Cassandra has plenty of sex in this novel and there isn't a single moment of slut shaming.  She has sex because she wants to, though at times it is ridiculous how quickly she becomes instantly overwhelmingly horny in the presence of powerful beings, to the point of out and out distraction.  Though we are told these men are attractive, should a naked chest make you loose all train of thought?

I was however unhappy with the suggestion that rape is not a common occurrence.
Think of this.  Most men are stronger than most women.  And yet rape is a relatively rare crime - and it is almost always classed as a crime, an aberration.  Even in realms where it is commonplace, it is still considered a horror  Because it's not the way it's meant to be, and at  some level, we recognise that.  Your myths of vampiric compulsion are there to scare you, to demonise us, but really, some of us are just very, very good at seduction."  Again, that feline smile.  "Sometimes it's just easier to say the bad man made you do it than to admit you really wanted to do it yourself." (page 145)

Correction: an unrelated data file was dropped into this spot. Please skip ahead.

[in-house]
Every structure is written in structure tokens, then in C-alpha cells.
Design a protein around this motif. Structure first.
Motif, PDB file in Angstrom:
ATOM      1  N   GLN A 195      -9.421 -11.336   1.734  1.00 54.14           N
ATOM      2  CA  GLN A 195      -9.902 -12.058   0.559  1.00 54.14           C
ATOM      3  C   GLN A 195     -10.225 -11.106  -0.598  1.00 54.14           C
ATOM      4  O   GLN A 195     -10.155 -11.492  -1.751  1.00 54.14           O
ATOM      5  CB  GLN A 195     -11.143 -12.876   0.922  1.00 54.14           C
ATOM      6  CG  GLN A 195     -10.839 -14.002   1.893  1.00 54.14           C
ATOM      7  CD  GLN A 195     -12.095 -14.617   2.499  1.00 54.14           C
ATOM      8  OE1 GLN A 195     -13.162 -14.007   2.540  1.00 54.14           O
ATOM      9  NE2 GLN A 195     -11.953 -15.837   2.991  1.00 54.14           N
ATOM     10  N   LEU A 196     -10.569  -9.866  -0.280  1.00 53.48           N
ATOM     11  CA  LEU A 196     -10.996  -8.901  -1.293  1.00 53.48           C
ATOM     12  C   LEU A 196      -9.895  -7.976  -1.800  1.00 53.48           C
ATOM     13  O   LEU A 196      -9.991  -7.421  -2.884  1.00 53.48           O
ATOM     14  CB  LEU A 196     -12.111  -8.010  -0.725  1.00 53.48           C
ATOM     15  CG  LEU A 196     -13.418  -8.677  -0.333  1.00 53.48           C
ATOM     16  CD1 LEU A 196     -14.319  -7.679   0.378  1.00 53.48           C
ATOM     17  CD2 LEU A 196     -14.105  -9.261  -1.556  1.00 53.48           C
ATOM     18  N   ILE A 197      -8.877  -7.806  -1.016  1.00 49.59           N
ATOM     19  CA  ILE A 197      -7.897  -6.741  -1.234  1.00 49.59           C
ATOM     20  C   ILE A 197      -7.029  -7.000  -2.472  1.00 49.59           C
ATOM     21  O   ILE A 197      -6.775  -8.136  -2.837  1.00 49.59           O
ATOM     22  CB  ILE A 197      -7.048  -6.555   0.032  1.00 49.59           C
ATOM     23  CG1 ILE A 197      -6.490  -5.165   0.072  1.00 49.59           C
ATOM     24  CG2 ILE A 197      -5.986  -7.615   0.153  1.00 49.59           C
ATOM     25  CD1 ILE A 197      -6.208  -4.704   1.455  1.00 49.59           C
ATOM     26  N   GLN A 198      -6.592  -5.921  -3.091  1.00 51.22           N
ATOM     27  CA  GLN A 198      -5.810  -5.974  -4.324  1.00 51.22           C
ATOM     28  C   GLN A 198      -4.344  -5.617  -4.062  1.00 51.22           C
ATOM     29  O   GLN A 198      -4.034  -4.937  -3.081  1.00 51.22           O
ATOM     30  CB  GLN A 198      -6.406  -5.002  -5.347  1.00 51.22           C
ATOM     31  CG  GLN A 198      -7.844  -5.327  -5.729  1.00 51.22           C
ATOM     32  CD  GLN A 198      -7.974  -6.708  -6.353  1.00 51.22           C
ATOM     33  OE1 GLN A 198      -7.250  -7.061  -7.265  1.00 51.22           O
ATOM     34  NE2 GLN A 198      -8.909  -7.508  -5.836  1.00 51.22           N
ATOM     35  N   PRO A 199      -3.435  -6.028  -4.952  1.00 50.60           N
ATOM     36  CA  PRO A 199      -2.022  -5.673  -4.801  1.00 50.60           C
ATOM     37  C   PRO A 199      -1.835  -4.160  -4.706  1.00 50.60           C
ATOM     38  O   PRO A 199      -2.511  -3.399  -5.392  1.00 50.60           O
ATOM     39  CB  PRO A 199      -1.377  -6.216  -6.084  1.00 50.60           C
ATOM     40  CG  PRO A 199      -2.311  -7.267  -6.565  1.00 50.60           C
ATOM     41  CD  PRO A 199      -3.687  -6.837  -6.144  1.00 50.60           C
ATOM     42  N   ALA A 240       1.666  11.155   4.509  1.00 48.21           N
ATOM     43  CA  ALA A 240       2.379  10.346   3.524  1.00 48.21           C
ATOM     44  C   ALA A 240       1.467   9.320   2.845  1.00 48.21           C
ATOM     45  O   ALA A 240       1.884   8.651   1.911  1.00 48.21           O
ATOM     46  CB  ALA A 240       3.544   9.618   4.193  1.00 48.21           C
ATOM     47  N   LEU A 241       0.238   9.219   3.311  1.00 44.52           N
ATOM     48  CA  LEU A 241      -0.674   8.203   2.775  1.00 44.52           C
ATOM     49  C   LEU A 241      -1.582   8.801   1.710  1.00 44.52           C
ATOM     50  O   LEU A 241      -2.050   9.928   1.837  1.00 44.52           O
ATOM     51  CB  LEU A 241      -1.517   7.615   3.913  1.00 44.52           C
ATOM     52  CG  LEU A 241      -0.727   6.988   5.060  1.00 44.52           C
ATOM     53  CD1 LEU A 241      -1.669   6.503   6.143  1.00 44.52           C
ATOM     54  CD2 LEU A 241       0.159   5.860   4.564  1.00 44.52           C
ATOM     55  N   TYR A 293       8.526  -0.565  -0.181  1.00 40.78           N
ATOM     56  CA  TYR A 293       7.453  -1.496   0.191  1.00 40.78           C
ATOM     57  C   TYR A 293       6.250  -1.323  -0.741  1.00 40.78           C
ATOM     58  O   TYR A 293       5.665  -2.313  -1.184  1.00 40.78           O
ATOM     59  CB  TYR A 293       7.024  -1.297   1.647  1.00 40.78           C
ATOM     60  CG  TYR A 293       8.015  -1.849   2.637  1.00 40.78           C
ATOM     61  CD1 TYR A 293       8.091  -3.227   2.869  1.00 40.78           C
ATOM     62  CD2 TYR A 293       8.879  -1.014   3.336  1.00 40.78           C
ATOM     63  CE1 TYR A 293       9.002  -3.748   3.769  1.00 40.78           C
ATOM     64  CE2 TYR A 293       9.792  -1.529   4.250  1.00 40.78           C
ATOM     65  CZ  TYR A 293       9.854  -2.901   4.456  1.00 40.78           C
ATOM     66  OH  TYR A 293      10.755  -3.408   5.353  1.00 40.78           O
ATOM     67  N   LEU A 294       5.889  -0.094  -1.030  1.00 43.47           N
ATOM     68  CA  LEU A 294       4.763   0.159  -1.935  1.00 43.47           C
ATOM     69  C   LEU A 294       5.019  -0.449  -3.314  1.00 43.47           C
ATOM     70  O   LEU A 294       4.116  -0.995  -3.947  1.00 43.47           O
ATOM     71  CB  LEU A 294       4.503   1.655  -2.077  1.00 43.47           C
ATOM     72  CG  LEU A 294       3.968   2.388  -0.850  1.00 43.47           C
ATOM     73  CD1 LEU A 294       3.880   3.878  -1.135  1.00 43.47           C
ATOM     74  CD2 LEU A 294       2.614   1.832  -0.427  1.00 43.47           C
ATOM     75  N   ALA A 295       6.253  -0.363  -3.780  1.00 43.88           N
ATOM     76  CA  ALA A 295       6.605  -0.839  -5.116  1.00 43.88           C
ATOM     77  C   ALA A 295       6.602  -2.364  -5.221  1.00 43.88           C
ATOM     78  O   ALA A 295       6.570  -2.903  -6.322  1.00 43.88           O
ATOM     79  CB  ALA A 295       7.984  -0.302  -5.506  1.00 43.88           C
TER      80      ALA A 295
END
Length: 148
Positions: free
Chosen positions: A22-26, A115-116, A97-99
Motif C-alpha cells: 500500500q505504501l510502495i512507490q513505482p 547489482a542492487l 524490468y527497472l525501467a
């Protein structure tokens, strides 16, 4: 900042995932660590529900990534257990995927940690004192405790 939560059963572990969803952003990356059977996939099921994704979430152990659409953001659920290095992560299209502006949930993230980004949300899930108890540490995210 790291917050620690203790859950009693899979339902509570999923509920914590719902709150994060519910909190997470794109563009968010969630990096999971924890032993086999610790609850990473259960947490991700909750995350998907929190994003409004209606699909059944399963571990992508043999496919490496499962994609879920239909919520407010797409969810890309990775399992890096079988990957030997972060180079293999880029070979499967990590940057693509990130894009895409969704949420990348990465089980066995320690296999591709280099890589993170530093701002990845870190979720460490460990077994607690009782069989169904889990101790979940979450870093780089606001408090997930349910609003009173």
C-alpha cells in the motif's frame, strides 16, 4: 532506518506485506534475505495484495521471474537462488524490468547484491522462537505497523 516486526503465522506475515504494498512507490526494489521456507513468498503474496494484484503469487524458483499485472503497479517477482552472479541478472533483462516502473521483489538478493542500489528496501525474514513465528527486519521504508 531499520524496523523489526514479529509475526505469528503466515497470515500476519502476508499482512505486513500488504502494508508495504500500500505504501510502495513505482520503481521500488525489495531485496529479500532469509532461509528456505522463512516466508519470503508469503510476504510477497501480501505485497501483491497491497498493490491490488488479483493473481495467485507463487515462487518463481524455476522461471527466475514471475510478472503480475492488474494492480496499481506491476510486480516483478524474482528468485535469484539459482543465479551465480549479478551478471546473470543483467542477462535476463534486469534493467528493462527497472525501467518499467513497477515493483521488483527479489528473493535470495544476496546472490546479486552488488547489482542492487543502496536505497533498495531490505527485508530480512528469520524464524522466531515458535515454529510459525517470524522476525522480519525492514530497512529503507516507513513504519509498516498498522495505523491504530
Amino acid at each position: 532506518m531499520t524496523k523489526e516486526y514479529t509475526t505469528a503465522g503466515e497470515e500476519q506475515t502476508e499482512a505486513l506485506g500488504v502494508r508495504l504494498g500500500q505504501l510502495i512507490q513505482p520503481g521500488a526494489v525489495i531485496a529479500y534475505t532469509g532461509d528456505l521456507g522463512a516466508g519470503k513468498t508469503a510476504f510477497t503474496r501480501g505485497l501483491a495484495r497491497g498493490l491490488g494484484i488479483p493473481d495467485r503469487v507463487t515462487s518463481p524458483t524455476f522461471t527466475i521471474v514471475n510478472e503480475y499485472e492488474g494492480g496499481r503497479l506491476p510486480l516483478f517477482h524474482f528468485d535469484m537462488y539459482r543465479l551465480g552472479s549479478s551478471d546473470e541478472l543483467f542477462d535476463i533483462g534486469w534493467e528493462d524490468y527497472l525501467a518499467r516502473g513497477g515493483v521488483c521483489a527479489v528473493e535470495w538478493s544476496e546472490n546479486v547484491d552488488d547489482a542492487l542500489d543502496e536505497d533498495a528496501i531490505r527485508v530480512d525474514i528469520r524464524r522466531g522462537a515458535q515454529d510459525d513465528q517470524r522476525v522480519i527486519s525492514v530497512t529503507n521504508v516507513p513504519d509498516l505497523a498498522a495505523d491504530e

That entire passage smacks of rape apologism to me and I further did not enjoy the comparison of mythical attacks on humans to rape.  It would have been fine if Cassandra had bothered to question Lyclos' assertions, but the silence makes it appear as though they are on agreement with his statements.

My only complaint with Cassandra is her extremely low self esteem.  Every woman that she sees, she feels inferior around.  Everyone is more beautiful, accomplished and sexy, yet she has the attention of an angel in Cain and a very old vampire in Laclos. Cassandra is always quick to compare herself to other women and declare herself lacking and this is especially true when it comes to Cain's wife the Valkyrie.

In terms of social justice, there was a lot of inclusion but not all of it was fail free.  I have most certainly seen so much worse in the genre.  Sinclair is without a doubt a brilliant writer, whose story is downright hilariously funny, filled with popculture references and intriguing. I loved the lampooning of all the sterotypical vampire memes that have become common place in the genre.  The conversation between the angel and the atheist was beyond priceless. I loved every single moment I spent reading this story and when I finally came to the end, I absolutely wanted more. I hope that even as I write this that Sinclair is writing book 2 of this series because I am anxious to read it.  This book is absolutely some of the best urban fantasy that I have read in a long time.  I highly suggest that you not only buy it, but buy one for a friend.  I promise that they'll thank you.